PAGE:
Change in advice for abscess drainage
Skin abscesses are best treated with incision and drainage plus antibiotics, rather than just incision and drainage alone, recommends an international guideline panel in the BMJ.
After critically appraising all the current evidence, the panel found adjuvant antibiotic therapy in addition to incision and drainage of uncomplicated skin abscesses reduced the risk of treatment failure and abscess recurrence by approximately 13% compared to treatment without additional antibiotics.
In particular the randomised controlled trials included in the review, were evaluating the use of clindamycin or trimethoprim-sulfamethoxazole (TMP-SMX) in addition to incision and drainage.
“TMP-SMX or clindamycin modestly reduces pain and treatment failure and probably reduces abscess recurrence, but increases the risk of adverse effects including nausea and diarrhoea,” they said.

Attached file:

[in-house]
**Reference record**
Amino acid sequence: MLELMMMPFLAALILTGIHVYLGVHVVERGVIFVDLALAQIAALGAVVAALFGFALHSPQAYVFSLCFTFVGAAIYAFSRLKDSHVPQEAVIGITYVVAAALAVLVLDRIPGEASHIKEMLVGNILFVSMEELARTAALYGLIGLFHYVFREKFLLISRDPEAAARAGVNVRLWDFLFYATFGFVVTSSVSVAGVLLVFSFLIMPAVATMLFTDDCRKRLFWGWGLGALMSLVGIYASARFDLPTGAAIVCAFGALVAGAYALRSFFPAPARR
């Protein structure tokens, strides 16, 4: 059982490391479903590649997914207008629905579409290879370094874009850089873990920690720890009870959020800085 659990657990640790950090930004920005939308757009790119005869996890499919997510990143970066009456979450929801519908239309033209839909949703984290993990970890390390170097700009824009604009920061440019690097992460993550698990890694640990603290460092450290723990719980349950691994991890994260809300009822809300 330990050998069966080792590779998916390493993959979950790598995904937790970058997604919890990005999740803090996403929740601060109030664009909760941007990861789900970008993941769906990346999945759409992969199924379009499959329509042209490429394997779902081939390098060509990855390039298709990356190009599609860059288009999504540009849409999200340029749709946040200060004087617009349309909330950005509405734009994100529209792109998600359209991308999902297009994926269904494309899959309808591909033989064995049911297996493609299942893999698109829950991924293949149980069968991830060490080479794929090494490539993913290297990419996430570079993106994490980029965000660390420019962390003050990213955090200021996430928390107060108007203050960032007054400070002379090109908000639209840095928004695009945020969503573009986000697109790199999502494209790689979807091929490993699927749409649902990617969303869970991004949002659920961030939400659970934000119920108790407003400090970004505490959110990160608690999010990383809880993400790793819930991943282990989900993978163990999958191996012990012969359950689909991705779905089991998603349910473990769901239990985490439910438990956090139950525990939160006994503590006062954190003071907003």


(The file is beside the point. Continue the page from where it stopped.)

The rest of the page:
TMP-SMX is the more preferable option over clindamycin as it is less likely to cause diarrhoea, they added.
The recommendation is in contrast to most of the current guidelines that generally advise uncomplicated skin abscesses be treated with incision and drainage alone except in cases where there is systemic illness, extensive tissue damage, immunocompromising conditions, an artificial joint or a ...